Children's Immune System Support
Nov 03, 2018 02:58PM
Children’s Immune System Support
Proactive Tips for Flu Seasonby Karen English
Each year, from November through March, influenza causes illness in thousands of people across the U.S. According to the Centers for Disease Control and Prevention (CDC), the 2017-2018 season was a high severity season, with a total of 181 pediatric deaths associated with the flu.
Influenza is a respiratory illness caused by a virus. The symptoms of the flu include fever and chills, watery nasal discharge, sore throat, muscle aches, tiredness and sometimes vomiting or diarrhea. People may have any or all of these symptoms. Unfortunately, influenza can lead to severe illness and even death in some people. People who are especially vulnerable to severe illness include those over the age of 65, those with chronic medical problems such as asthma or heart disease and young children under age 5.
Aside from the seasonal influenza vaccine, many things can be done to help prevent and treat the flu. Washing hands with soap and water is best. The flu virus spreads efficiently through the air, but also spreads by picking up the virus from surfaces contaminated by infected persons.
According to the Journal of Infectious Disease, the virus can live for up to 24 hours on hard surfaces such as stainless steel and plastic, and can survive on hands that touched that surface for up to five minutes. Regularly clean surfaces such as door knobs, children’s play areas and toys. Children should be taught not to touch their eyes, nose or mouth as much as possible.
The flu virus does not live as long on soft surfaces such as tissues. Cover the nose and mouth with a tissue when sneezing, throw the tissue away and wash hands. Infants are most likely to contract flu from adult caregivers, so good hand-washing and use of tissues are useful, preventive tactics.
Good nutrition is important overall, and a healthy diet rich in phytonutrients can keep immune systems functioning at an optimal level. Vitamins A, C, E, B-6, folic acid, as well as zinc, iron, selenium and copper are important for proper immune function. Probiotics may optimize local immune system activity. Probiotics are especially useful if antibiotics are prescribed for bacterial infections that might be subsequent to the flu. Look for S. boulardii and Lactobacillus rhamnosus strains.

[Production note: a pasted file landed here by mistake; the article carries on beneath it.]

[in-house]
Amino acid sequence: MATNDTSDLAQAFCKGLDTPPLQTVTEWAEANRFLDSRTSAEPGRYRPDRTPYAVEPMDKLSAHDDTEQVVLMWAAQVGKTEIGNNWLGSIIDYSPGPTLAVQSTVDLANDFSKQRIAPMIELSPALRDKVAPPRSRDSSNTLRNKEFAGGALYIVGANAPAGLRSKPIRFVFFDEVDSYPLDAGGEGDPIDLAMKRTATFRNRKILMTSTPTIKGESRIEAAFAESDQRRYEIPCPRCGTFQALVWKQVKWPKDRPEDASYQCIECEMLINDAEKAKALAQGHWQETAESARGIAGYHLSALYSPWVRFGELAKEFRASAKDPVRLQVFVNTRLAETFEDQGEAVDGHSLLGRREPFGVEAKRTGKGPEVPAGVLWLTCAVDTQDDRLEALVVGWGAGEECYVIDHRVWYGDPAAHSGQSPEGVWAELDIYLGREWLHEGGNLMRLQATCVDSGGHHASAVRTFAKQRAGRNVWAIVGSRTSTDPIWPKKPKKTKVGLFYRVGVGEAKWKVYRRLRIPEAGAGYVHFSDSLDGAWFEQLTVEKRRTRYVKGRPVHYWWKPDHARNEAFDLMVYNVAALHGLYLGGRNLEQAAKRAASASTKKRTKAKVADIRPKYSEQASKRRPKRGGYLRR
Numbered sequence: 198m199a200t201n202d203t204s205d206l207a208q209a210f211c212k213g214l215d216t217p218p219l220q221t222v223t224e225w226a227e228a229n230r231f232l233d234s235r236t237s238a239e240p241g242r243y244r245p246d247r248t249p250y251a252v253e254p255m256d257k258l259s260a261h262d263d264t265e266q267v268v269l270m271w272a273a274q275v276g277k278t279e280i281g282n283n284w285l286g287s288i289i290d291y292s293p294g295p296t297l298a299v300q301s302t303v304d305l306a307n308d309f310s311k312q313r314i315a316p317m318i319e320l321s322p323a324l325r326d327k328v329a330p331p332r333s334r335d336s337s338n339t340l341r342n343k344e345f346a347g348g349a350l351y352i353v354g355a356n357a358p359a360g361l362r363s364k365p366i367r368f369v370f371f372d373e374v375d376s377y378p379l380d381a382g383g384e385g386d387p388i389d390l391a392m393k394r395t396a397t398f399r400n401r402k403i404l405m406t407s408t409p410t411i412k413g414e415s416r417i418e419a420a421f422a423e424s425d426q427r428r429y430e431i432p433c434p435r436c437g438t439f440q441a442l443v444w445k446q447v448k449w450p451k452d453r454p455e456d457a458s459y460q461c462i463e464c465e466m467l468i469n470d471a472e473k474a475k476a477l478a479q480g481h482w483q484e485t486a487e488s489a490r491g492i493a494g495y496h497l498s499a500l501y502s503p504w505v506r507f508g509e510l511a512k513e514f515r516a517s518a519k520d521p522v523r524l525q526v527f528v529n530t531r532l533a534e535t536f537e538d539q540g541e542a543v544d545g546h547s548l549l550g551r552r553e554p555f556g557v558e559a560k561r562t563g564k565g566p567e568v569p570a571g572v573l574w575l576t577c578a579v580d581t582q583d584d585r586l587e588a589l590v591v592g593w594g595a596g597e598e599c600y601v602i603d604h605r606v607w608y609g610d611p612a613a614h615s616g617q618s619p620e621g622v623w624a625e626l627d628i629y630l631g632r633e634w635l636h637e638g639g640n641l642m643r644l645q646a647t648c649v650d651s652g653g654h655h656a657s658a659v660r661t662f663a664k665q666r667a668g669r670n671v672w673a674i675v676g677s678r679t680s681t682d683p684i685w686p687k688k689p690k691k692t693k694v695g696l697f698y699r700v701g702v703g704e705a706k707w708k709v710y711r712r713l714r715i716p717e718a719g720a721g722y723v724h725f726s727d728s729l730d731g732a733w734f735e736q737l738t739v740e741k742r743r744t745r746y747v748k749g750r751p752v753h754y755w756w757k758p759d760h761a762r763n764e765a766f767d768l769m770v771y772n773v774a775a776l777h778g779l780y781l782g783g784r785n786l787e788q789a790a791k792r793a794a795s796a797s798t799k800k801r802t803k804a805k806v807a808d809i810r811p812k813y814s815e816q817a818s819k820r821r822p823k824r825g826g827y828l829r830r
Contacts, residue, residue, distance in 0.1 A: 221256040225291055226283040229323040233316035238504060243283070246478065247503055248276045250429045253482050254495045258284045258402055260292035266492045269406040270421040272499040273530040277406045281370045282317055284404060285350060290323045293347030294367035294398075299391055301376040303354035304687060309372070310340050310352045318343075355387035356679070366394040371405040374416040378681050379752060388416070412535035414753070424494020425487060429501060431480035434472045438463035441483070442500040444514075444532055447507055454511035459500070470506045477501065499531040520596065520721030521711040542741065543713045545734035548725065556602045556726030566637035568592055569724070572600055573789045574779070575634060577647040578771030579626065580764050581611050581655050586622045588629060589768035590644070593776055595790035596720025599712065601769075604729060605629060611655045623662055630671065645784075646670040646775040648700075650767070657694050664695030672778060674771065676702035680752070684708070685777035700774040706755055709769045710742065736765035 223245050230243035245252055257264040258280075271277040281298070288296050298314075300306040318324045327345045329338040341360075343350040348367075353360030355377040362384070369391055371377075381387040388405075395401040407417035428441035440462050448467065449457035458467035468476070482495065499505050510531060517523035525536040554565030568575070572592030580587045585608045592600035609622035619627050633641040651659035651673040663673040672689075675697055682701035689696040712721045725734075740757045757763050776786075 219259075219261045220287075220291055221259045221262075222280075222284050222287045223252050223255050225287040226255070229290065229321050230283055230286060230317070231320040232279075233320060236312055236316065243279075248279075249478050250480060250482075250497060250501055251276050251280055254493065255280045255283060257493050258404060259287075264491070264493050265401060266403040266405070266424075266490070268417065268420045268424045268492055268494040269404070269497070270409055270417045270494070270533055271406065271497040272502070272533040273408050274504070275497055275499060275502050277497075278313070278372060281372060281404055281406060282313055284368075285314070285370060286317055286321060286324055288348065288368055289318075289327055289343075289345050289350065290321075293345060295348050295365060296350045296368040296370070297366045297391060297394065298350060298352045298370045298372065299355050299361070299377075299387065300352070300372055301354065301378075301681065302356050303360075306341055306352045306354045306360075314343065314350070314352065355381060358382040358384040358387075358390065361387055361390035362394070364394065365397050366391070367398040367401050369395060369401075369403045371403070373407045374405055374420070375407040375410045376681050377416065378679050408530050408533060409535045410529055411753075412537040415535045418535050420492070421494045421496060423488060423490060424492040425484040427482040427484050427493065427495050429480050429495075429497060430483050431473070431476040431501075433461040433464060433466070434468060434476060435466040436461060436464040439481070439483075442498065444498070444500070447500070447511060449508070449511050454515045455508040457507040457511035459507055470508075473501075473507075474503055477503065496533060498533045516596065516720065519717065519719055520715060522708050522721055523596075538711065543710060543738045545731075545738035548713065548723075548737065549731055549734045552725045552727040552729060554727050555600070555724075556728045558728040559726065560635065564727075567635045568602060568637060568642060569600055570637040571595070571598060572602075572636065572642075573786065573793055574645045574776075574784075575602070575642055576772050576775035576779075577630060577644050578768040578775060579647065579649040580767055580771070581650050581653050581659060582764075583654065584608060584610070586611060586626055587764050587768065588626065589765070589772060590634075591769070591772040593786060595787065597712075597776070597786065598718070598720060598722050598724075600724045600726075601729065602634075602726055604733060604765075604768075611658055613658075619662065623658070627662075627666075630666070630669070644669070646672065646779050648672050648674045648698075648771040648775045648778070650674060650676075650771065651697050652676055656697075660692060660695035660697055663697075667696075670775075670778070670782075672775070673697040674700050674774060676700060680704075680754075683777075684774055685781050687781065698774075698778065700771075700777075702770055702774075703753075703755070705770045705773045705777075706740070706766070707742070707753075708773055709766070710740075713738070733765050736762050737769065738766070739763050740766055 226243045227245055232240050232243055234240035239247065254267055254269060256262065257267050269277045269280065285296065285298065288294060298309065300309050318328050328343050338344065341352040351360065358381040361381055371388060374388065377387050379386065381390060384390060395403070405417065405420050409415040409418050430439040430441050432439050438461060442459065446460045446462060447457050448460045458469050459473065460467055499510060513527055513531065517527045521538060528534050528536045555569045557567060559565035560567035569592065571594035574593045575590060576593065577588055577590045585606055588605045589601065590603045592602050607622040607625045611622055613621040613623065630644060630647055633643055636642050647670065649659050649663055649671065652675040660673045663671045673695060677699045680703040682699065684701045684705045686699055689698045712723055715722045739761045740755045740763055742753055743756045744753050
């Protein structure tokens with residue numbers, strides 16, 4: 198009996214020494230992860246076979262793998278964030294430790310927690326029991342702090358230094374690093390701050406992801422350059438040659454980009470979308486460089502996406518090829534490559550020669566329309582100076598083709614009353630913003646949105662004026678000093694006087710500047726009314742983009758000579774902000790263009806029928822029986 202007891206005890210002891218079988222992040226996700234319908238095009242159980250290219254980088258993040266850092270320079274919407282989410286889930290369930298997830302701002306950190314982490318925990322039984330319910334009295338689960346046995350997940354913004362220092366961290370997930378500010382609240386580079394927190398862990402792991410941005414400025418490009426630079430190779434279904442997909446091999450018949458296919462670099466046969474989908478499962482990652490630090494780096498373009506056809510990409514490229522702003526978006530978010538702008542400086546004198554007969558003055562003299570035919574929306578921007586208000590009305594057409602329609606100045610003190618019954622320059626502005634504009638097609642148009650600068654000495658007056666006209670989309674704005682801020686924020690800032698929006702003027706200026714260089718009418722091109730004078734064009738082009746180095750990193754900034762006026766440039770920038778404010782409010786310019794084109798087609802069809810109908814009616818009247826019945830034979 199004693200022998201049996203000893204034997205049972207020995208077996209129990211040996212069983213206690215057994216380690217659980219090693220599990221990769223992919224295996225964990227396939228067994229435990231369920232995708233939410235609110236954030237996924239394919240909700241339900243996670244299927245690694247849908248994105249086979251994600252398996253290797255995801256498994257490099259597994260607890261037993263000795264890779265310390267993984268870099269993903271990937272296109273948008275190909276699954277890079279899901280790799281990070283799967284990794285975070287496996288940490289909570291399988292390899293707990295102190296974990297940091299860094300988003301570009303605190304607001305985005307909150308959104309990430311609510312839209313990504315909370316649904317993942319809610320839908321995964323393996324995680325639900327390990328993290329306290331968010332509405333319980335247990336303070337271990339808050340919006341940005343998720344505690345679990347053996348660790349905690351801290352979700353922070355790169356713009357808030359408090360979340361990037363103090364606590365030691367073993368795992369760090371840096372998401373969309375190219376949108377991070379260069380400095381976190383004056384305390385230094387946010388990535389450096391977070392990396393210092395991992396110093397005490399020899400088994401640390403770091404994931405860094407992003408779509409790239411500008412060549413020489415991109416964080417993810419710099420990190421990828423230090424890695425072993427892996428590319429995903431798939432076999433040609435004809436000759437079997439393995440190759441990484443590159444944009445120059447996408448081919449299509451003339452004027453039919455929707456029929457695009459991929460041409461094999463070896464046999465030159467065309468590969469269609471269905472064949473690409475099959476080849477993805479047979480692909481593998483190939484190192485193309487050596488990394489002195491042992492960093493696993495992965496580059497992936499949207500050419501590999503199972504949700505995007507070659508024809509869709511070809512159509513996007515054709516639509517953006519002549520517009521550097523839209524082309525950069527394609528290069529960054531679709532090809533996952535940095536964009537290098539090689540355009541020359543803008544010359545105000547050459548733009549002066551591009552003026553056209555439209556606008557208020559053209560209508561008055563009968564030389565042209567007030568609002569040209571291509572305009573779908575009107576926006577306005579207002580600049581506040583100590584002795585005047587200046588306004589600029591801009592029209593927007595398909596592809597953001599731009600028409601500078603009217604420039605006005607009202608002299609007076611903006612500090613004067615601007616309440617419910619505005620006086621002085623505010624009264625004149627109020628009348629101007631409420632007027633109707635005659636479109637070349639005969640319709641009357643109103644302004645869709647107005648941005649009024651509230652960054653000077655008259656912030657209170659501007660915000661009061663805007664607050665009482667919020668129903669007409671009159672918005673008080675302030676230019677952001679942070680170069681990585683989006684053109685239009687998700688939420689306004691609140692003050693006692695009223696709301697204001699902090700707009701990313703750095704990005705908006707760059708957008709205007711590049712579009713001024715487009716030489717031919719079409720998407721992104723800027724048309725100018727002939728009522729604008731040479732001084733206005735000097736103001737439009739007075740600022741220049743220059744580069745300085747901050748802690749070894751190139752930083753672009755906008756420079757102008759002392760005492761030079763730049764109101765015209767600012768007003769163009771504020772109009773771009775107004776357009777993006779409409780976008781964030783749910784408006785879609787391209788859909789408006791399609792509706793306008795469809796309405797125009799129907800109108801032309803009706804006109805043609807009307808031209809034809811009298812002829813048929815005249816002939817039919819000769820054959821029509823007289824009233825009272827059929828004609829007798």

Several botanical preparations have been useful for symptomatic treatment of flu and flu-like illnesses. Growing evidence indicates that elderberry treats the flu. A recent study in the Journal of International Medical Research showed that elderberry extract taken within 48 hours of flu symptom onset and continued for five days improved flu symptoms in adult patients.
Another study from Pediatrics in Review showed symptom improvement in patients with flu symptoms after just two days, when elderberry extract was taken within 24 hours of symptom onset. Black elderberry (sambucus nigra) can be taken orally to prevent flu as well as to treat it.
Other natural treatments for symptoms include saline nasal irrigation, humidifiers and warm fluids. In the Archives of Pediatrics and Adolescent Medicine, buckwheat honey was shown in a study to improve nighttime cough and sleep problems better than the common cough medicine ingredient dextromethorphan. However, honey should never be given to children under the age of 1.
A warm tea made with thyme is effective in treating cough. Steep fresh thyme in hot water for 10 to 15 minutes, add lemon juice and honey and give 1 to 2 teaspoons every two to three hours. Slippery elm lozenges are excellent for sore throat and are approved by the U.S. Food and Drug Administration (FDA).
Seek advice from a medical professional if a child is sick during flu season, particularly if a child is having severe symptoms such as fast breathing, trouble breathing, decreased urination, extreme irritability or extreme listlessness. Also get medical help right away if a child has had flu-like symptoms that got better but then returned, especially with worsening cough or recurrent fever because this may indicate a secondary infection, such as pneumonia.
An ounce of prevention is worth a pound of cure; some of these strategies may prevent children from suffering from the flu this season.
Karen English is a board-certified pediatrician with a fellowship in integrative medicine. Her practice, Austin Integrative Pediatrics, is located at 904 West Ave., # 109, in Austin. For more information, call 512-661-9475, email [email protected] or visit AustinIntegrativePediatrics.com.